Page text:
An avid hiker who has almost completely non-verbal autism is set to take on his biggest challenge yet - Everest’s base camp.
James Bryan, 50, suffers from autism, celiac disease and epilepsy and speaks about 20 words in total to communicate his most basic needs.
Although care staff who look after James say he is not ‘interested in much of day to day life’ he ‘excels’ at long-distance walking.
James, of New Mills, had always loved walking but when he learned how to camp six years ago he was able to take on much bigger challenges.
These include Spain’s 500-mile Camino de Santiago, the Pennine Way and the England coast-to-coast to name a few - during which he has raised more than £5,000 for the National Autistic Society.
He plans to take on the 40-mile high-altitude trek to base camp in April.
Keyworker David Goodall, who will accompany James on the dizzying walk, said the challenge was on every walker’s bucket list so ‘why can’t it be on James’s?’
He said: “There’s no way of knowing how altitude will affect any of us but we’ve sought advice from doctors and I don’t think James will have any problems.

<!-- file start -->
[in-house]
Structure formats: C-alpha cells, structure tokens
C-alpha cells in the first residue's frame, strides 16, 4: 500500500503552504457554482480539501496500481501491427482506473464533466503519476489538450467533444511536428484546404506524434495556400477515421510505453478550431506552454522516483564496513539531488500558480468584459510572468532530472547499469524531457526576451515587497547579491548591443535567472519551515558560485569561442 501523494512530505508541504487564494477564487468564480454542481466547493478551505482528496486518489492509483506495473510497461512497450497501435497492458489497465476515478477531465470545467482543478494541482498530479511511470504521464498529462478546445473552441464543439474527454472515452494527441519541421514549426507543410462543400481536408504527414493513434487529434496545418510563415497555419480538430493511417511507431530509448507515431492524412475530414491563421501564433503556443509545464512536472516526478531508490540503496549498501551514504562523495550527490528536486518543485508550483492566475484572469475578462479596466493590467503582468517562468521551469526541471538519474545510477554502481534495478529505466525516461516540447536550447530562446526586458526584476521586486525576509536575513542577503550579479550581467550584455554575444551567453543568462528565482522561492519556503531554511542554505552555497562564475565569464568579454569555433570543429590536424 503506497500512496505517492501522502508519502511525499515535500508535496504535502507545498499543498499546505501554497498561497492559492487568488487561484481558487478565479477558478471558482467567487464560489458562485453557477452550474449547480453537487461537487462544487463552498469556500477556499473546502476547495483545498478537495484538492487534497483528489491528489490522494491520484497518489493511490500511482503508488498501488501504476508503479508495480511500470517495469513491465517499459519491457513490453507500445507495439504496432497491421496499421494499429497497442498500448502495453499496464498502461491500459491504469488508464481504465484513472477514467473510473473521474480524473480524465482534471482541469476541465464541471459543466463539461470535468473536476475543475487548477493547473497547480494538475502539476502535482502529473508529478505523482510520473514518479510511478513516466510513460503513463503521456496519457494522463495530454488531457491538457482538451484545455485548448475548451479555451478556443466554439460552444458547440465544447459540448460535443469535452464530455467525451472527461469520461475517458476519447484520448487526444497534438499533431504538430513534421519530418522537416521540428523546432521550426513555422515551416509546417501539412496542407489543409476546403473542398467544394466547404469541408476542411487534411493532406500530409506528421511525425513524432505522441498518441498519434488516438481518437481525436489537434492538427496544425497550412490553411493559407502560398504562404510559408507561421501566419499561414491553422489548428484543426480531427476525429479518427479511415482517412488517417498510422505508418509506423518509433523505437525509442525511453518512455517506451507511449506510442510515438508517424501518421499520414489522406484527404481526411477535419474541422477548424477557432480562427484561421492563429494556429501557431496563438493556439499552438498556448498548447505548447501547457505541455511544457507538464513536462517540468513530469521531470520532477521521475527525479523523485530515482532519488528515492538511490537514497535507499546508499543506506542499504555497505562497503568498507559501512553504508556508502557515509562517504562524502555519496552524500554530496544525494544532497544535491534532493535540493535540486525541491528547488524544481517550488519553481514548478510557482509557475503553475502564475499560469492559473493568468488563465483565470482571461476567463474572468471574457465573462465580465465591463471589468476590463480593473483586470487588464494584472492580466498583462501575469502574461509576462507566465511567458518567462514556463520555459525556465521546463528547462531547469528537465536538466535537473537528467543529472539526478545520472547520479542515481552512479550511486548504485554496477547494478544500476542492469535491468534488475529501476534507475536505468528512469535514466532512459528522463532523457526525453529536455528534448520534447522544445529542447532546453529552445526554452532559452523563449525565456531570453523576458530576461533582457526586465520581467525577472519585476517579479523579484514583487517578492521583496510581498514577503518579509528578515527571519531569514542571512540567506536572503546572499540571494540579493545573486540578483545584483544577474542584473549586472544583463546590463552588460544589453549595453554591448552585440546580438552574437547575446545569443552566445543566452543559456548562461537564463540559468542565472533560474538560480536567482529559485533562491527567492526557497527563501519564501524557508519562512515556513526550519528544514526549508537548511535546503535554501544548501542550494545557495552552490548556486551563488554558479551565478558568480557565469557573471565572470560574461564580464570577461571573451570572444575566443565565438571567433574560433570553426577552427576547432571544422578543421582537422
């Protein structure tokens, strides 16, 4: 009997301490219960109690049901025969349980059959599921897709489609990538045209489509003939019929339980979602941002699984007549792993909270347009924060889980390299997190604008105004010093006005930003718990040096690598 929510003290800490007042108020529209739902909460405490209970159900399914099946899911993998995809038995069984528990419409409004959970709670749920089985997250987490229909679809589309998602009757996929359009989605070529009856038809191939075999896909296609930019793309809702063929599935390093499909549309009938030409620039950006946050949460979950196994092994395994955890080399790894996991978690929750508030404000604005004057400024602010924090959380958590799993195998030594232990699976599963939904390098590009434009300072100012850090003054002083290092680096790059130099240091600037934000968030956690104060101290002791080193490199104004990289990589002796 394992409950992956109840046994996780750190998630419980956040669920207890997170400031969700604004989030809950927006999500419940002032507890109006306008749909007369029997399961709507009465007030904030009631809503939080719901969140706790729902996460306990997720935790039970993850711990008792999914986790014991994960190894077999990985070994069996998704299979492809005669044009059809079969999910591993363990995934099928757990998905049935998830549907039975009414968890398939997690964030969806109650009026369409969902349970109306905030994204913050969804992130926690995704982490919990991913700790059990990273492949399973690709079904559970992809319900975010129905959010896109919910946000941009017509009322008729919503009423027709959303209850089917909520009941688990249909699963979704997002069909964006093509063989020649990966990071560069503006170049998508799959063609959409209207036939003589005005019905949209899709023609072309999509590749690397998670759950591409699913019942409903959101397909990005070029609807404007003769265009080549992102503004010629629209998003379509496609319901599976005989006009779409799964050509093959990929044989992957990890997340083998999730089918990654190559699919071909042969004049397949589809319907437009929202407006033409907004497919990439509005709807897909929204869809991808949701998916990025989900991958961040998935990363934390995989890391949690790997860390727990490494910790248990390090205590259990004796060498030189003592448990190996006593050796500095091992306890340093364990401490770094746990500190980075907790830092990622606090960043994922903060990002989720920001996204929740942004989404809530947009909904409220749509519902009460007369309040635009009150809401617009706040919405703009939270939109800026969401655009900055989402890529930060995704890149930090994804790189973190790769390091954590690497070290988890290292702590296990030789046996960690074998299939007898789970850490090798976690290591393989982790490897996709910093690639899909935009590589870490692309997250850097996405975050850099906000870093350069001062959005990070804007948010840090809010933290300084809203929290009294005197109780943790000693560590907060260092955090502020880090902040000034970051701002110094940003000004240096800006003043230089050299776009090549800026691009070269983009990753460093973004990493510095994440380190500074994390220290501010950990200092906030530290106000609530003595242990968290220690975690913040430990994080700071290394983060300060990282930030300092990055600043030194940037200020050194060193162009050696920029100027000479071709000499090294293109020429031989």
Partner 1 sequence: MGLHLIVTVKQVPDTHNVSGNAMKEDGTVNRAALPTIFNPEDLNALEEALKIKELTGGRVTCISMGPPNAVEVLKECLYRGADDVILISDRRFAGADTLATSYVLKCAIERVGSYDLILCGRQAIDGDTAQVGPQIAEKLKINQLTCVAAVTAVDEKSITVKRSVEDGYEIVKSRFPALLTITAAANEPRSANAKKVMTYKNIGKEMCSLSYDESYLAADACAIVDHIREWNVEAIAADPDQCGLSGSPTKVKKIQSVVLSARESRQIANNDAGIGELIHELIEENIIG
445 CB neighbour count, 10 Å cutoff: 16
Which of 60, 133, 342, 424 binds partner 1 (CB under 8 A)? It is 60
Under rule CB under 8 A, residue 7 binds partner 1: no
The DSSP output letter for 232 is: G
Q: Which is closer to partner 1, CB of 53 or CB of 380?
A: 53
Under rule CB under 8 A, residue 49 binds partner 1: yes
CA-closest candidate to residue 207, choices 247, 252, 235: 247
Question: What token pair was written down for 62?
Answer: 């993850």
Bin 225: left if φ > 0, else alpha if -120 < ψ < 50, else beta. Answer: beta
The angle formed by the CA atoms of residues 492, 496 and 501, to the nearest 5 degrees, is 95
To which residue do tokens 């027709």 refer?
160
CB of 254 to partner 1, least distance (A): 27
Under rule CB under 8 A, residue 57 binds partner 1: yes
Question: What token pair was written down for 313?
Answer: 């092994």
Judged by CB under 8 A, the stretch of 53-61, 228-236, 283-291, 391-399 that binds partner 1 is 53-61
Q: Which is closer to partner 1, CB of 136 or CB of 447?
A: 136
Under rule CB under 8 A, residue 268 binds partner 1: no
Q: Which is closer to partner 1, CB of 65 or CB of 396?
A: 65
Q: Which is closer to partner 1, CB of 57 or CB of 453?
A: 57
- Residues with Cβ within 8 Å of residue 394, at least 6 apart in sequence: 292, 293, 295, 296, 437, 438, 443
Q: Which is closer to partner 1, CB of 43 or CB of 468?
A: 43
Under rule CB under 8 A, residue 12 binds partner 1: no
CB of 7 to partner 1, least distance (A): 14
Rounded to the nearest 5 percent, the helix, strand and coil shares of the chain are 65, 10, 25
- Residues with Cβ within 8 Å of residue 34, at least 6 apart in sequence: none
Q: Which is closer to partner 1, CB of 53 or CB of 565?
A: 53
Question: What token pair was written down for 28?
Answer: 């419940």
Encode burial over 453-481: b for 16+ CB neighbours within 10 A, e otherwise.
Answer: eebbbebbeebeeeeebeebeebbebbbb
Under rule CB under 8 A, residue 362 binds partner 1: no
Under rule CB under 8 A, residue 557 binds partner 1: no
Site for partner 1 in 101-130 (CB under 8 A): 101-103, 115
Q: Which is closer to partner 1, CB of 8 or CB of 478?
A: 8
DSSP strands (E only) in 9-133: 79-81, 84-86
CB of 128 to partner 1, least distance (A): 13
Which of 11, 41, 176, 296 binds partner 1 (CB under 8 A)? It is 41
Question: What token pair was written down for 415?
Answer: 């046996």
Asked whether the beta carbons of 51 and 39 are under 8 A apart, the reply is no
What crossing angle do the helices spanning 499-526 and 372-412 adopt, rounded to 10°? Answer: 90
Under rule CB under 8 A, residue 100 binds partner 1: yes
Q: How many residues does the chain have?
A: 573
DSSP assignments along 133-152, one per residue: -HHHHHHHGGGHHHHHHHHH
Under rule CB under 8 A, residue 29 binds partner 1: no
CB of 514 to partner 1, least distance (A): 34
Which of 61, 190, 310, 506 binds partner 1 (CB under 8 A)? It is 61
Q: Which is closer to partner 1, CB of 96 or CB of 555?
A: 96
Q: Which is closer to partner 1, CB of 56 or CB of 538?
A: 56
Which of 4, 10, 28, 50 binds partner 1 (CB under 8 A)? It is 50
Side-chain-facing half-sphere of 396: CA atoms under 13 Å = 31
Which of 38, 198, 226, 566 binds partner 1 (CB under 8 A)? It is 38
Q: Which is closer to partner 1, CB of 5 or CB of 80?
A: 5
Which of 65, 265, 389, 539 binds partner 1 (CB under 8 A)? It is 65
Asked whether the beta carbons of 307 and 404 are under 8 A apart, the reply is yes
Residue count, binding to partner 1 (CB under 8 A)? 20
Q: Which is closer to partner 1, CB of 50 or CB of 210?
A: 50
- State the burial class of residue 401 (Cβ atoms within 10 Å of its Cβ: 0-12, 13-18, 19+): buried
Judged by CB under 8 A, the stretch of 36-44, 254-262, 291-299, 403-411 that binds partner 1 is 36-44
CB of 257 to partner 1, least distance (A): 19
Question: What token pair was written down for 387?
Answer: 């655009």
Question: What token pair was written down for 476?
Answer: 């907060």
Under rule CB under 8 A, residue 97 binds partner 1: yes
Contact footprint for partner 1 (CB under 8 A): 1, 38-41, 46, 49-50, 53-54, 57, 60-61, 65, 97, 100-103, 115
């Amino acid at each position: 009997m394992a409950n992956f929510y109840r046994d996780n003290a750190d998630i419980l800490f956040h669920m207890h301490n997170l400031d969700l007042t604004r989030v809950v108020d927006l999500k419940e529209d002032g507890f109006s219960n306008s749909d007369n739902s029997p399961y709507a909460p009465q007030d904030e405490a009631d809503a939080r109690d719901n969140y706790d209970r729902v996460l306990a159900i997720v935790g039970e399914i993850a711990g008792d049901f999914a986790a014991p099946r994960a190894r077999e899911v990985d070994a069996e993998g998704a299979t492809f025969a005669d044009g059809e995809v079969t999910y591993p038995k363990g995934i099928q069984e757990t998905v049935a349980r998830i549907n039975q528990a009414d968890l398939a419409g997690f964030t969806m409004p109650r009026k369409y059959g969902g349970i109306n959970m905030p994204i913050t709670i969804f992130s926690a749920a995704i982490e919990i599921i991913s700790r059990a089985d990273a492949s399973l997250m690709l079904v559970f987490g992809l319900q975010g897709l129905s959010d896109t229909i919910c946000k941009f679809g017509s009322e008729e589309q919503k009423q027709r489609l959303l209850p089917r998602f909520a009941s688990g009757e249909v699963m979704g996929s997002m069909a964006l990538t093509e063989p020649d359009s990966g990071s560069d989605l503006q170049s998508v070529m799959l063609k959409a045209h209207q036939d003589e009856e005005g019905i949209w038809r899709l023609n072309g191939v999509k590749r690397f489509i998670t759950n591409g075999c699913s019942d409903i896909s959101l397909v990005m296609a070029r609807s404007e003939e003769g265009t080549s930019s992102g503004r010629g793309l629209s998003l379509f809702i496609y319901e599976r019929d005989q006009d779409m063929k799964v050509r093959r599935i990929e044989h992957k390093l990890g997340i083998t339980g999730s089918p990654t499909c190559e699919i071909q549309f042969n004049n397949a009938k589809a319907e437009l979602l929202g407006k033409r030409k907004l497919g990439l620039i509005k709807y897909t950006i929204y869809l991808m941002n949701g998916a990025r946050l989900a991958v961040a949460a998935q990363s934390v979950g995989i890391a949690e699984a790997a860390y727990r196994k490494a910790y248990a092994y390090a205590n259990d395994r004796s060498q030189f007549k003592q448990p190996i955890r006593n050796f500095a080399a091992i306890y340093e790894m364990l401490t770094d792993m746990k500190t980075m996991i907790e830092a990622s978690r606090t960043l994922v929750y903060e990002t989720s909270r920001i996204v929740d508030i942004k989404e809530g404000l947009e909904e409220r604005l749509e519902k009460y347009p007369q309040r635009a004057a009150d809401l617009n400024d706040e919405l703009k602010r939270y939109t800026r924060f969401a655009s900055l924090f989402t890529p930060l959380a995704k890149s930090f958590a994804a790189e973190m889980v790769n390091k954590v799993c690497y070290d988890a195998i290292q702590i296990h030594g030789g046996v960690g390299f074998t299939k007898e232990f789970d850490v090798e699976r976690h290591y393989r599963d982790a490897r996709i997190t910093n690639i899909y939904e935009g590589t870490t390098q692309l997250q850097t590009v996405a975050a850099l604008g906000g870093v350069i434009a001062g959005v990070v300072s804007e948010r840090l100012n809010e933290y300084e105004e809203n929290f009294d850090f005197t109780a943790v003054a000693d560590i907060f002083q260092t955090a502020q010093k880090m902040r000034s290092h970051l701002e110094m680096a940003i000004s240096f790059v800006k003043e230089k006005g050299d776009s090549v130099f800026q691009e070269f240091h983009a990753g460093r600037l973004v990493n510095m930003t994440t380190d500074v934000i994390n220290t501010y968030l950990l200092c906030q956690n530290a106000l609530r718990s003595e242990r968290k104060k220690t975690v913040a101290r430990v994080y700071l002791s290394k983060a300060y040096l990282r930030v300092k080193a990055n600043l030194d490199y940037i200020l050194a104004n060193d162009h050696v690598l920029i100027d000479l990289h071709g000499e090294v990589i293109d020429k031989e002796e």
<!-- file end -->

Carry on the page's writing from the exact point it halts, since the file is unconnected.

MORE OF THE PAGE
“He will see a different culture and he loves walking - it’s one of the things he’s very good at and he just goes on and on and on.”
James, who especially enjoys a pint at the end of a hike and says ‘wine and soda’ to ask for one - will walk 40 miles from the Nepalese town of Lukla to base camp with David and another careworker.
Although the distance is relatively short he will spend two weeks trekking altogether - including short altitude hikes in an around Lukla to acclimatise.
After completing the challenge David and James plan to visit a school for autistic children in Nepalese capital Kathmandu - donating items such as colouring books.
James’ base camp trek begins on April 18.
David is asking for donations to help pay for James’ trip and donate any money left over to the National Autistic Society.
To make a donation visit justgiving.com/crowdfunding/jamesbryan.